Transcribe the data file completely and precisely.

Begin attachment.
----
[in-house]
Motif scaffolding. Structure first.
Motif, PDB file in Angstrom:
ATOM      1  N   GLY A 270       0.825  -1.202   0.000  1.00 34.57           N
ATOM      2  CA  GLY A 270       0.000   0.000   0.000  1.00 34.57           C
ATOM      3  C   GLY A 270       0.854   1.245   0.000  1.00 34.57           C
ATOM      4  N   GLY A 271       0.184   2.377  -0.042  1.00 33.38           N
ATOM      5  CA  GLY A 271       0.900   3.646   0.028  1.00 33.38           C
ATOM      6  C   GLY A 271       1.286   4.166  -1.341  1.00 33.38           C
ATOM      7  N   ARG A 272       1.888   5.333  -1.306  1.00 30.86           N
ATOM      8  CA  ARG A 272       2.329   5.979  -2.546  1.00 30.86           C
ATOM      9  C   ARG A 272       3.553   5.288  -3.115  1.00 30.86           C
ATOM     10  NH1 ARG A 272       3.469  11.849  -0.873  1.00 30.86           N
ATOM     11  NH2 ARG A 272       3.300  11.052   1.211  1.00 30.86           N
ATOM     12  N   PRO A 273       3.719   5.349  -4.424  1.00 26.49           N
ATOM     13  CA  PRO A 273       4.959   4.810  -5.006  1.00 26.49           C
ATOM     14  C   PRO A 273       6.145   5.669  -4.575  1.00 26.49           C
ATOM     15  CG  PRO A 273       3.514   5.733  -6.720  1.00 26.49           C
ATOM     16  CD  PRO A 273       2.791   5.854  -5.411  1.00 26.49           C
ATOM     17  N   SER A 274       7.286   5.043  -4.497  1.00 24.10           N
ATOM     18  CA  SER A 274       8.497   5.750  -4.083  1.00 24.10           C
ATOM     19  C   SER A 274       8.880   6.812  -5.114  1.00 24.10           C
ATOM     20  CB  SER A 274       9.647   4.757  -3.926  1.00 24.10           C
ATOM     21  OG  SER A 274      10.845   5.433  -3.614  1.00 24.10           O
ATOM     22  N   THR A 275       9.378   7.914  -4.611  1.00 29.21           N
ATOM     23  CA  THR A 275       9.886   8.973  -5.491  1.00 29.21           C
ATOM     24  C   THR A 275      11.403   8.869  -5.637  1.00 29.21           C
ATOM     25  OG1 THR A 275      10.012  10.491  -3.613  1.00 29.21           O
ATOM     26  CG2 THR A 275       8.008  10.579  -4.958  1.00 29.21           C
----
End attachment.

[in-house]
Motif scaffolding. Structure first.
Motif, PDB file in Angstrom:
ATOM      1  N   GLY A 270       0.825  -1.202   0.000  1.00 34.57           N
ATOM      2  CA  GLY A 270       0.000   0.000   0.000  1.00 34.57           C
ATOM      3  C   GLY A 270       0.854   1.245   0.000  1.00 34.57           C
ATOM      4  N   GLY A 271       0.184   2.377  -0.042  1.00 33.38           N
ATOM      5  CA  GLY A 271       0.900   3.646   0.028  1.00 33.38           C
ATOM      6  C   GLY A 271       1.286   4.166  -1.341  1.00 33.38           C
ATOM      7  N   ARG A 272       1.888   5.333  -1.306  1.00 30.86           N
ATOM      8  CA  ARG A 272       2.329   5.979  -2.546  1.00 30.86           C
ATOM      9  C   ARG A 272       3.553   5.288  -3.115  1.00 30.86           C
ATOM     10  NH1 ARG A 272       3.469  11.849  -0.873  1.00 30.86           N
ATOM     11  NH2 ARG A 272       3.300  11.052   1.211  1.00 30.86           N
ATOM     12  N   PRO A 273       3.719   5.349  -4.424  1.00 26.49           N
ATOM     13  CA  PRO A 273       4.959   4.810  -5.006  1.00 26.49           C
ATOM     14  C   PRO A 273       6.145   5.669  -4.575  1.00 26.49           C
ATOM     15  CG  PRO A 273       3.514   5.733  -6.720  1.00 26.49           C
ATOM     16  CD  PRO A 273       2.791   5.854  -5.411  1.00 26.49           C
ATOM     17  N   SER A 274       7.286   5.043  -4.497  1.00 24.10           N
ATOM     18  CA  SER A 274       8.497   5.750  -4.083  1.00 24.10           C
ATOM     19  C   SER A 274       8.880   6.812  -5.114  1.00 24.10           C
ATOM     20  CB  SER A 274       9.647   4.757  -3.926  1.00 24.10           C
ATOM     21  OG  SER A 274      10.845   5.433  -3.614  1.00 24.10           O
ATOM     22  N   THR A 275       9.378   7.914  -4.611  1.00 29.21           N
ATOM     23  CA  THR A 275       9.886   8.973  -5.491  1.00 29.21           C
ATOM     24  C   THR A 275      11.403   8.869  -5.637  1.00 29.21           C
ATOM     25  OG1 THR A 275      10.012  10.491  -3.613  1.00 29.21           O
ATOM     26  CG2 THR A 275       8.008  10.579  -4.958  1.00 29.21           C